In these cases, I find it is usually much less about the body and a lot more about some combination of the mind or spirit.  The body can accept an inordinate amount of physical work (for periods of time, mind you) provided the mind sees some value/end goal and the spirit stay strong.  The trick is to keep those things well in mind.

What about a test of the mind?  Does this change the equation at all in terms of the weak link from the body/mind/spirit continuum?  Possibly.  I think of people pulling all-nighters where their only limit is pure physical exhaustion (or running out of caffeinated beverages).  That being said, I am still tend to think mind and spirit may give out before the body.  The all-too-common declaration of “Good God, I think my brain is full…” jumps to mind for me, likely because I have uttered it a few times when deep in study back in law school.

In the end, I think that the greatest bang-for-your-buck in learning to push past previous points of failure is more of a mental and spiritual challenge, even if the activity you are seeking to improve is primarily physical.  Take Michael Jordan – physically gifted? Definitely.  But Michael Jordan did not become MICHAEL JORDAN because of his physical gifts… it was because of an absolutely indomitable will to win.  He was just plain mentally tougher than anyone else on the court.  Period.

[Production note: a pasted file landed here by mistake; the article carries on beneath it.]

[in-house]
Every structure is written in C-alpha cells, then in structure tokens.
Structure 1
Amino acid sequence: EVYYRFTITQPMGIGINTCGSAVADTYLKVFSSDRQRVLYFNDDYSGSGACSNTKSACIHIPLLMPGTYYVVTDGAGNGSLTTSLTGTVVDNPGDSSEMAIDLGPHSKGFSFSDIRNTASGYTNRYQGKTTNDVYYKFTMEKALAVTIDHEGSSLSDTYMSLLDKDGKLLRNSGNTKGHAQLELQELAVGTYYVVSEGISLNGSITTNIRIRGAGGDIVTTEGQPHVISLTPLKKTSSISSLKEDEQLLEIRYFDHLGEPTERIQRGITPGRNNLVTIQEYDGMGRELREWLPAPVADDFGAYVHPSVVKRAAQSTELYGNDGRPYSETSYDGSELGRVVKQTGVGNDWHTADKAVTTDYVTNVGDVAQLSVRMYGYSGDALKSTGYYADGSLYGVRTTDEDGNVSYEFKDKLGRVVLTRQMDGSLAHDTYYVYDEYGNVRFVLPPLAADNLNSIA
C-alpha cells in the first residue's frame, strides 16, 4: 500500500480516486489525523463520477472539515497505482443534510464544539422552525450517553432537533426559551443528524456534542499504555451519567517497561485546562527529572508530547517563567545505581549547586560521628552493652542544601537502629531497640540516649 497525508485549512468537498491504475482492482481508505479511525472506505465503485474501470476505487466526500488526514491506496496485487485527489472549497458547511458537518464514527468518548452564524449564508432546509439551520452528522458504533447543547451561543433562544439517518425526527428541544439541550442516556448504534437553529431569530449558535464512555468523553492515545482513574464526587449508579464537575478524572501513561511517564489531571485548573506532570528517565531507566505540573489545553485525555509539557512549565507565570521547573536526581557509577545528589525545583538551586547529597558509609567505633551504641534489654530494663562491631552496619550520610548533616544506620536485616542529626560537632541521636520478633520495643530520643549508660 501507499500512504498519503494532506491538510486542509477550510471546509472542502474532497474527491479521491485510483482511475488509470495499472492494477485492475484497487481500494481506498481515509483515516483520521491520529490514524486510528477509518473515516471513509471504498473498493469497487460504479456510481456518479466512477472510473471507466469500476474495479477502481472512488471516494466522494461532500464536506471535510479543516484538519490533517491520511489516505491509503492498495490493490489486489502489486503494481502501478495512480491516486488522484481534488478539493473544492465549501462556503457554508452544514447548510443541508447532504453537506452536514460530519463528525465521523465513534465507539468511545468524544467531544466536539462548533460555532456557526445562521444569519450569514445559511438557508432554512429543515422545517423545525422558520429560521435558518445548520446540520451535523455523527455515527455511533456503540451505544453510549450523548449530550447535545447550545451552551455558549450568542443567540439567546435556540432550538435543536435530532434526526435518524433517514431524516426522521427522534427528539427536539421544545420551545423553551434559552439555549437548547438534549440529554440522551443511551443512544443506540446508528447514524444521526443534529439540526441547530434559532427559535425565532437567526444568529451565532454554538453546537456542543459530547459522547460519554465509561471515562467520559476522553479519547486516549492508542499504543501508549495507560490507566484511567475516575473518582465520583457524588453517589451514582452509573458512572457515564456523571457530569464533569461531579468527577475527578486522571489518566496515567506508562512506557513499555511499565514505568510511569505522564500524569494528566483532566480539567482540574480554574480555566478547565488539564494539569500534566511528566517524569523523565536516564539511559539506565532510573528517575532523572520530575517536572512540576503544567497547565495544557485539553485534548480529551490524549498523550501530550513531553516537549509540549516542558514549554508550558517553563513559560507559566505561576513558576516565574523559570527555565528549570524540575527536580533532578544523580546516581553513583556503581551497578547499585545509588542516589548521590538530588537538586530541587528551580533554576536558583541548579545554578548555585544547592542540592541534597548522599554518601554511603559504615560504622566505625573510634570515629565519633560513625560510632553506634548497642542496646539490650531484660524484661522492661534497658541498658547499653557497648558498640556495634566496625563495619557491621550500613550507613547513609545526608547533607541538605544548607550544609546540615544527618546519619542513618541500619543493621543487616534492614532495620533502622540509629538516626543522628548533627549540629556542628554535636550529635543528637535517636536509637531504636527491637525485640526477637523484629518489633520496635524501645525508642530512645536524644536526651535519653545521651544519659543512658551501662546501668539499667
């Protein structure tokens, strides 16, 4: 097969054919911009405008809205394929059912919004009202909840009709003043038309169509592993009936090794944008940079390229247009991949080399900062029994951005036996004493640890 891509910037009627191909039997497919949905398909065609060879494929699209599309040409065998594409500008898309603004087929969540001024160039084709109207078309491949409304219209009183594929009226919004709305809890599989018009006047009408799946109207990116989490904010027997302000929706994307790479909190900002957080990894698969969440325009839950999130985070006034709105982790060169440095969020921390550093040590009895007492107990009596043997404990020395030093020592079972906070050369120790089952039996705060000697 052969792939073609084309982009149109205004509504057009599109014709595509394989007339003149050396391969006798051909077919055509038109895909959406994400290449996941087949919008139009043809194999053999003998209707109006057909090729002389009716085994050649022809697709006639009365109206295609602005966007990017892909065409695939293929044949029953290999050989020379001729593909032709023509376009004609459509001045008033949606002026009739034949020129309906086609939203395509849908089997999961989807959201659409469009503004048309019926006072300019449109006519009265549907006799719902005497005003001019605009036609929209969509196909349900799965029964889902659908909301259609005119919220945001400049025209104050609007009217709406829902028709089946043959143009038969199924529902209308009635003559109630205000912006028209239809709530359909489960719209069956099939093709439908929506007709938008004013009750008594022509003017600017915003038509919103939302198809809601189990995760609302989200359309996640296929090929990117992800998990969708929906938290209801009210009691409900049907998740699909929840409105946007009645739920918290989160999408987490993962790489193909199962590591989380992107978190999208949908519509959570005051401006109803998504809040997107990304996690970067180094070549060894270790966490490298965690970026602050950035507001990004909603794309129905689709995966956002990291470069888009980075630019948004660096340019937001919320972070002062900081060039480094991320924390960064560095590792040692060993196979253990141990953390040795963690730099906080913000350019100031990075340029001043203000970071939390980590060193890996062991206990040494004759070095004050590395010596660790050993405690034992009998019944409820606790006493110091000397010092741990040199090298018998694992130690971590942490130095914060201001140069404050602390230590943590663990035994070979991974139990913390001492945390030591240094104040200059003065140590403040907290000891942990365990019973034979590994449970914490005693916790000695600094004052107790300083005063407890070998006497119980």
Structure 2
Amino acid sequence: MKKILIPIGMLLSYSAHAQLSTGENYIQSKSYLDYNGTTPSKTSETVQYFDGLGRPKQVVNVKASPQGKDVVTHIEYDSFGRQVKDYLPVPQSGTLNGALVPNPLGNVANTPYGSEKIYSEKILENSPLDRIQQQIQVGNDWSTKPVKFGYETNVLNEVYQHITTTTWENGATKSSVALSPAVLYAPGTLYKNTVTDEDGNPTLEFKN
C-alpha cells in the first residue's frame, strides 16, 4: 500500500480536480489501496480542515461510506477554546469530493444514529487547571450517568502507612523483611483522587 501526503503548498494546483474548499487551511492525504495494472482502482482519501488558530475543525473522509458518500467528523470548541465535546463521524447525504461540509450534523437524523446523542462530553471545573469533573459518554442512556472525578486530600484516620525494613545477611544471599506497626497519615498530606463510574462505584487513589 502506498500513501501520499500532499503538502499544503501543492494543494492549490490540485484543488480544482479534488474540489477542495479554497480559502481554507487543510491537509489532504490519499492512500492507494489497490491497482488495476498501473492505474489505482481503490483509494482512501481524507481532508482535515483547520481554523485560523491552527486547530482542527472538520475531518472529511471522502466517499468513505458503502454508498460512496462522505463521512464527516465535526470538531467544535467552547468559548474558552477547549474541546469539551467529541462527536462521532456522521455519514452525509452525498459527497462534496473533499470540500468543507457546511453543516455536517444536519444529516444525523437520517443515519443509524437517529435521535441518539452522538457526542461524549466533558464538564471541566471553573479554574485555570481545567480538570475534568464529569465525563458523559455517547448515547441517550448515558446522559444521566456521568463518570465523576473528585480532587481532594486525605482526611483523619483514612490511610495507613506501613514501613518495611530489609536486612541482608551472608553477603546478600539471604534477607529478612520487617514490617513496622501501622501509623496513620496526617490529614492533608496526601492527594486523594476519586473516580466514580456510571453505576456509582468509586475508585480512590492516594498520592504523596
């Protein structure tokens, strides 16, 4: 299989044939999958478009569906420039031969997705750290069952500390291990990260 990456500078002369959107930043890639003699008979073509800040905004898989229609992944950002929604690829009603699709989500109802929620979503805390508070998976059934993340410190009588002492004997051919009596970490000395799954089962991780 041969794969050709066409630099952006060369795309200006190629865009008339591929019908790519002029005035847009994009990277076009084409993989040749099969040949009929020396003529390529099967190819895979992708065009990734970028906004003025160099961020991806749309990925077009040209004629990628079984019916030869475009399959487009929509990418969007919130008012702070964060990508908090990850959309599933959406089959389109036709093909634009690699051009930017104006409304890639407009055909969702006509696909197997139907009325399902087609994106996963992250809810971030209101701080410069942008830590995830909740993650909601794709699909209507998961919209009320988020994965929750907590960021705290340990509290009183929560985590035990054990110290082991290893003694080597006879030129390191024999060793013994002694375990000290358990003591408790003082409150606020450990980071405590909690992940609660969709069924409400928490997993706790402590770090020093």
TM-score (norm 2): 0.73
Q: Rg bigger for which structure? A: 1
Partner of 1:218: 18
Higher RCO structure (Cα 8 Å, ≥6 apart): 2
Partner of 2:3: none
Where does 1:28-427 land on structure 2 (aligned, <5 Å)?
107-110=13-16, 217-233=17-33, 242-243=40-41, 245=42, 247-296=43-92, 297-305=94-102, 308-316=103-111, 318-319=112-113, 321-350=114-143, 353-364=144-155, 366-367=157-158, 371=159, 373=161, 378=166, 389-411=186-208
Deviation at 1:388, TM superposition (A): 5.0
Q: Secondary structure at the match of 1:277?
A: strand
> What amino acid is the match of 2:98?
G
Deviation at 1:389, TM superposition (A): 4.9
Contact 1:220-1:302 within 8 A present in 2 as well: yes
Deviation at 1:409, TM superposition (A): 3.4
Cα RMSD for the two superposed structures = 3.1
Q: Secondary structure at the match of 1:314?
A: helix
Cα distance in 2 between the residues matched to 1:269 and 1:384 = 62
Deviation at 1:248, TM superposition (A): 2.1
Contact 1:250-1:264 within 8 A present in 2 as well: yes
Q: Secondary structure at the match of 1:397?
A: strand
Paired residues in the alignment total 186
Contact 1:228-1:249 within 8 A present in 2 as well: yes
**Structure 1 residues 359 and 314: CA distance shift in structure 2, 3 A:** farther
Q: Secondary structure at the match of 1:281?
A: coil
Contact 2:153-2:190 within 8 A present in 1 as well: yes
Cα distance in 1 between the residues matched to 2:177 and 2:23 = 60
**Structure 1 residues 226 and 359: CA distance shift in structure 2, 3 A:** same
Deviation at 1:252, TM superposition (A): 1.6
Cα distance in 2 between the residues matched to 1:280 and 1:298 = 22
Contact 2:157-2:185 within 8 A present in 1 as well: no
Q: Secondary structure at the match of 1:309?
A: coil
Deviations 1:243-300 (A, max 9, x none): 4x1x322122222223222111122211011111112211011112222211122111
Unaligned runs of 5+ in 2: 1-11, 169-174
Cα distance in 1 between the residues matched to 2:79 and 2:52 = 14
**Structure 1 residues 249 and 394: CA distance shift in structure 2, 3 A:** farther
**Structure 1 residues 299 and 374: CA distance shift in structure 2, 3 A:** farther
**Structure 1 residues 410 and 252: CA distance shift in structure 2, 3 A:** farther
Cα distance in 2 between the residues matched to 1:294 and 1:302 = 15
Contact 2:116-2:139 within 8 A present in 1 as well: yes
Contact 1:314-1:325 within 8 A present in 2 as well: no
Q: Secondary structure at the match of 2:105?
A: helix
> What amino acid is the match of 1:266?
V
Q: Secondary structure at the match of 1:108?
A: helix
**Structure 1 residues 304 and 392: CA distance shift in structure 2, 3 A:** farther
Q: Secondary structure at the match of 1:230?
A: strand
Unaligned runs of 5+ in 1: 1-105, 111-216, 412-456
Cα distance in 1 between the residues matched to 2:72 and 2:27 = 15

And how do you build your will?  Great question.  For myself, I am going to take it in 2 parts since I need work on this as does… ohh… pretty much everyone.  First, pick some activity that is about discipline and work on it.  Second, build up this activity sloooowly.  For instance, I want to be better about developing this blog, so starting next week, I am getting up 30-45 minutes earlier in the morning to write posts, comment on other blogs, do Twitter, etc.  It’s not earth-shattering, but it requires extra discipline and sometimes there is something cool about doing a hard, lonely thing.  You need to do it slowly in order to notch up a few successes along the way.  If you are working on running a marathon, maybe you start doing a few of your runs at the crack of dawn or purposefully at the end of a really long day for the sheer purpose of knowing your mind will rebel mid-way through your run and will begin to rationalize why cutting it short and heading home for “American Idol” is really not that bad because you can run tomorrow.